Kerberos is an industry-standard secure authentication system suitable for distributed computing over a public network.
The Kerberos authentication system is not distributed with Postgres. Versions of Kerberos are typically available as optional software from operating system vendors. In addition, a source code distribution may be obtained through MIT Project Athena.
Users located outside the United States of America and Canada are warned that distribution of the actual encryption code in Kerberos is restricted by U. S. Government export regulations.
Note: You may wish to obtain the MIT version even if your vendor provides a version, since some vendor ports have been deliberately crippled or rendered non-interoperable with the MIT version.
Inquiries regarding your Kerberos should be directed to your vendor or MIT Project Athena. Note that FAQLs (Frequently-Asked Questions Lists) are periodically posted to the Kerberos mailing list (send mail to subscribe), and USENET news group.
Installation of Kerberos itself is covered in detail in the Kerberos Installation Notes . Make sure that the server key file (the srvtab or keytab) is somehow readable by the Postgres account.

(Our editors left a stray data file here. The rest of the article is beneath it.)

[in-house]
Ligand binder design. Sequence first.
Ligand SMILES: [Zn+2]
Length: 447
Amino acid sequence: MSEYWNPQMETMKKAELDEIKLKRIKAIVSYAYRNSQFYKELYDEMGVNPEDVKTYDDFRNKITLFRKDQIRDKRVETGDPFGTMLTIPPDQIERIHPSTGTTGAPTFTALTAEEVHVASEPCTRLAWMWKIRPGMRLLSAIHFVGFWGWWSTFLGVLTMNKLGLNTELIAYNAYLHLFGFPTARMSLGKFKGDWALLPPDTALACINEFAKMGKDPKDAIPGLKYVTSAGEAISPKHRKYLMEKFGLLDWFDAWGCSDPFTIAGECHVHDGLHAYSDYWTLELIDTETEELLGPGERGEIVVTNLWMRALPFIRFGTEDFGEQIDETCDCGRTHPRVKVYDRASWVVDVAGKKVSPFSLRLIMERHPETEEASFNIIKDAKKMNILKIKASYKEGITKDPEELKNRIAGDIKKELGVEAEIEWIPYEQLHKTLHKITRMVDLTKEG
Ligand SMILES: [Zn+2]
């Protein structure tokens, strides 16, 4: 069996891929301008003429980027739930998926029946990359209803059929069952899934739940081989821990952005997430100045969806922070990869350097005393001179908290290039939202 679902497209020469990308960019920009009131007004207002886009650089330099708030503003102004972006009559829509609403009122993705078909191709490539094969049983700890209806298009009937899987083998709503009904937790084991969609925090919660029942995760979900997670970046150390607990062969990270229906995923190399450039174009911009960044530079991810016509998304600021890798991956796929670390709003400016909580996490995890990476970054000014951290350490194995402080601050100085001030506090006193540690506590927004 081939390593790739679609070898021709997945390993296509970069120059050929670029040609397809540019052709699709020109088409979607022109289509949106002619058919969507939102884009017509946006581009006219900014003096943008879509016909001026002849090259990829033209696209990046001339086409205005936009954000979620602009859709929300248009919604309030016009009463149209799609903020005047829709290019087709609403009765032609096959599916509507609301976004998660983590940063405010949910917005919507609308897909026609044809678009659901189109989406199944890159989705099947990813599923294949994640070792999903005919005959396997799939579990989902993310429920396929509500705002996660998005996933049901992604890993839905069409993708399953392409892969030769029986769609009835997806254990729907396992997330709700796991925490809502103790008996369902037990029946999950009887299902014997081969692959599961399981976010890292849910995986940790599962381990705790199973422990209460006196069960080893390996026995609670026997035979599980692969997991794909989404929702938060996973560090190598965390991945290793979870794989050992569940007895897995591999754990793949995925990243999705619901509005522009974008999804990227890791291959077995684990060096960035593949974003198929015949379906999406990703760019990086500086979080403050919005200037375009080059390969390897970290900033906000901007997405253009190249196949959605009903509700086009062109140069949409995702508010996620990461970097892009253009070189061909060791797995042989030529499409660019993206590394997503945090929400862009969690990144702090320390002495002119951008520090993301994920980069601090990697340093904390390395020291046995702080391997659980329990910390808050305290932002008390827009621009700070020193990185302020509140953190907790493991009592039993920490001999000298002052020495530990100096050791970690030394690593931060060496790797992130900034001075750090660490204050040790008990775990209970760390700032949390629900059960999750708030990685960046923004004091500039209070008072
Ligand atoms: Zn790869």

Postgres and its clients can be compiled to use either Version 4 or Version 5 of the MIT Kerberos protocols by setting the KRBVERS variable in the file src/Makefile.global to the appropriate value. You can also change the location where Postgres expects to find the associated libraries, header files and its own server key file.
After compilation is complete, Postgres must be registered as a Kerberos service. See the Kerberos Operations Notes and related manual pages for more details on registering services.
After initial installation, Postgres should operate in all ways as a normal Kerberos service. For details on the use of authentication, see the PostgreSQL User's Guide reference sections for postmaster and psql.
In the Kerberos Version 5 hooks, the following assumptions are made about user and service naming:
User principal names (anames) are assumed to contain the actual Unix/Postgres user name in the first component.
The Postgres service is assumed to be have two components, the service name and a hostname, canonicalized as in Version 4 (i.e., with all domain suffixes removed).
Table 23-1. Kerberos Parameter Examples
Support for Version 4 will disappear sometime after the production release of Version 5 by MIT.
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